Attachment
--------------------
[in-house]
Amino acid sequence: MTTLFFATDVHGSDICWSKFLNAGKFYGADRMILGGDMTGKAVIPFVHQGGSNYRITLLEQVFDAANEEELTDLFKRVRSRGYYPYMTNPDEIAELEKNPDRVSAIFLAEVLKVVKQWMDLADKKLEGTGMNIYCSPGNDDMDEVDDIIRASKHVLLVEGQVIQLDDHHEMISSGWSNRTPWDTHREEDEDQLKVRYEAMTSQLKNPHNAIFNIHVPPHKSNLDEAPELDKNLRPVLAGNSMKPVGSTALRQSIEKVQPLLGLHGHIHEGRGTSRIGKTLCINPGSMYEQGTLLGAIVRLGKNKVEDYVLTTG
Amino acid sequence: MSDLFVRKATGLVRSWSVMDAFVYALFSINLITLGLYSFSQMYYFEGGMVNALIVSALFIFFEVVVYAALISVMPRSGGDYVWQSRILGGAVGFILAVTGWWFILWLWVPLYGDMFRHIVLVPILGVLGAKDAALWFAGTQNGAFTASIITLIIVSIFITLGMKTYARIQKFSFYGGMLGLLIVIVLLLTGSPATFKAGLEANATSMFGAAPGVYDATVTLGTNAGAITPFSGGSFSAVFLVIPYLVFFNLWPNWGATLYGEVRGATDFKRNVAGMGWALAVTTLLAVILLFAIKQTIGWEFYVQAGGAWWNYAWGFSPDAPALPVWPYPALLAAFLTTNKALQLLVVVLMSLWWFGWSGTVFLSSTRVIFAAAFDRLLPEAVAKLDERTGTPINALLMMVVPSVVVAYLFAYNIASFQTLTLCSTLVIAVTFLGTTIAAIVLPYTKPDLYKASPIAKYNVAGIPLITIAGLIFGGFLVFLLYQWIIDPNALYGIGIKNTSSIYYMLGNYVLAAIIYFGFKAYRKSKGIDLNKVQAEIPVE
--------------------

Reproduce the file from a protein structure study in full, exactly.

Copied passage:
[in-house]
Amino acid sequence: MTTLFFATDVHGSDICWSKFLNAGKFYGADRMILGGDMTGKAVIPFVHQGGSNYRITLLEQVFDAANEEELTDLFKRVRSRGYYPYMTNPDEIAELEKNPDRVSAIFLAEVLKVVKQWMDLADKKLEGTGMNIYCSPGNDDMDEVDDIIRASKHVLLVEGQVIQLDDHHEMISSGWSNRTPWDTHREEDEDQLKVRYEAMTSQLKNPHNAIFNIHVPPHKSNLDEAPELDKNLRPVLAGNSMKPVGSTALRQSIEKVQPLLGLHGHIHEGRGTSRIGKTLCINPGSMYEQGTLLGAIVRLGKNKVEDYVLTTG
Amino acid sequence: MSDLFVRKATGLVRSWSVMDAFVYALFSINLITLGLYSFSQMYYFEGGMVNALIVSALFIFFEVVVYAALISVMPRSGGDYVWQSRILGGAVGFILAVTGWWFILWLWVPLYGDMFRHIVLVPILGVLGAKDAALWFAGTQNGAFTASIITLIIVSIFITLGMKTYARIQKFSFYGGMLGLLIVIVLLLTGSPATFKAGLEANATSMFGAAPGVYDATVTLGTNAGAITPFSGGSFSAVFLVIPYLVFFNLWPNWGATLYGEVRGATDFKRNVAGMGWALAVTTLLAVILLFAIKQTIGWEFYVQAGGAWWNYAWGFSPDAPALPVWPYPALLAAFLTTNKALQLLVVVLMSLWWFGWSGTVFLSSTRVIFAAAFDRLLPEAVAKLDERTGTPINALLMMVVPSVVVAYLFAYNIASFQTLTLCSTLVIAVTFLGTTIAAIVLPYTKPDLYKASPIAKYNVAGIPLITIAGLIFGGFLVFLLYQWIIDPNALYGIGIKNTSSIYYMLGNYVLAAIIYFGFKAYRKSKGIDLNKVQAEIPVE